Noshtalgia Food

Laung lata: Sealed with clove

The Banaras Hindu University campus. Photo: Getty images/ istock

The Banaras Hindu University campus. Photo: Getty images/ istock

July 1980. I reached Limbdi Hostel in Banaras Hindu University (BHU) a week late. I was 16 and this campus would be home for the next five years. There was almost nobody around in the quadrangular hostel. Another murga (fresher), also with his father in tow, was waiting for room allotment. A few seniors eyed us lustily. Ragging was still quite a thing then. But we had dad cover.

We were hungry from the train journey and the cycle rickshaw ride to the hostel. Narsingh, the lobby janitor, showed us the way to the canteen. It was a large bare room with six tables, and creaking ceiling fans beating the hot, dry air around. A single glass cupboard on stilts had all that was available — four forlorn trays with malai chaaps, samosas, bread pakoras, and laung lattas (of course, we learnt some of these names only later). We hesitantly placed an order. And thus began a five-year-long gastronomic journey.

Choosing the mess

We needed to choose a mess. There were four in Limbdi Hostel. Each mess was basically three rectangular tables placed end to end, with benches on either side. Each had a dedicated kitchen, headed by a maharaj. The kitchens were dark caverns that used clay bhattis fired by coal. The maharaj reported to a student manager, whose job it was to fix the menu, collect and manage the money, compute the charge, and in some clever cases, make a little profit. The messes were usually named after the maharaj. I ate at Moti Mess, then later at Ramnivas Mess. There was also the occasional Madrasi Mess or Bengali Mess, catering to homesick palates. We would learn over time that the dosas in Madrasi Mess tasted like wet cardboard and the sambar like dal in disguise (which is exactly what it was). But dietary longing does strange things to people.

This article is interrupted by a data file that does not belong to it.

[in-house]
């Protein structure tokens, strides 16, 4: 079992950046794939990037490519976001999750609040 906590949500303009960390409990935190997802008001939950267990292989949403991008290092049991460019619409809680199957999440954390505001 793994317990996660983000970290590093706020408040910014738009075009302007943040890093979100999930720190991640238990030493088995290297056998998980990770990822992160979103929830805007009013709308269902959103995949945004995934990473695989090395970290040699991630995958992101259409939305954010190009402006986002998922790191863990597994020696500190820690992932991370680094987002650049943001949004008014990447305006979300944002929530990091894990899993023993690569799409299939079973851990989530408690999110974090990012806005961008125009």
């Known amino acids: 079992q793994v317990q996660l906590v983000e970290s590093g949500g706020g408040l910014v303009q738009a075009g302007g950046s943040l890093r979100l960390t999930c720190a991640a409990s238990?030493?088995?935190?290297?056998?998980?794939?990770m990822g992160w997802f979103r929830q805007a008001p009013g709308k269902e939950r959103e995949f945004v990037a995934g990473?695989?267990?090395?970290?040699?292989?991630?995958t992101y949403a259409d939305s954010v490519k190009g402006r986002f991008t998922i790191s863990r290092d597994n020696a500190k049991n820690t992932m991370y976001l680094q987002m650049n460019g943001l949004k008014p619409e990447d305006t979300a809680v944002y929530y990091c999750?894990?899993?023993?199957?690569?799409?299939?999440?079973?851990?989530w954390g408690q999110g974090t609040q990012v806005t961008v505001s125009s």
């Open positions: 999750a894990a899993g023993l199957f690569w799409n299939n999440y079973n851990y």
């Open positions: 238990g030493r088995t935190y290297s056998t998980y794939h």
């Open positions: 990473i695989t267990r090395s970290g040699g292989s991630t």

There was an unwritten rule in BHU that each student had to consume a tonne of alu every year. So, we had alu in combination with every vegetable in the plant kingdom. Baingan, bhindi, parwal, peas, cauliflower, beans, cabbage, shimla mirchi, palak, methi... When you couldn’t take it any more, you asked Dungroos (a serving boy, who got his nickname from Naseeruddin Shah’s character in Mandi ) to bring plain alu sookha.

What we really waited for, however, were the Saturday and Sunday feasts. The paratha feast was an all-time favourite. The servers would emerge from the kitchen balancing great trays stacked with stuffed parathas — mooli, gobhi, dal, kheema, mutter, khova, and alu (but of course). They couldn’t keep pace with the relentless appetites of young stomachs craving for a break from the routine fare.

Chicken feast

Then there was the chicken feast. You sat down on the bench, rolled up your kurta sleeves, and asked for either a leg or a breast. The server would then carefully manoeuvre his way from the kitchen with a dish filled to the brim with gravy that would make even the Srinivasans and Venkatesans drool. In the middle of the dish, like an island, would be the chosen portion. Puris and bread would be served for mopping purposes.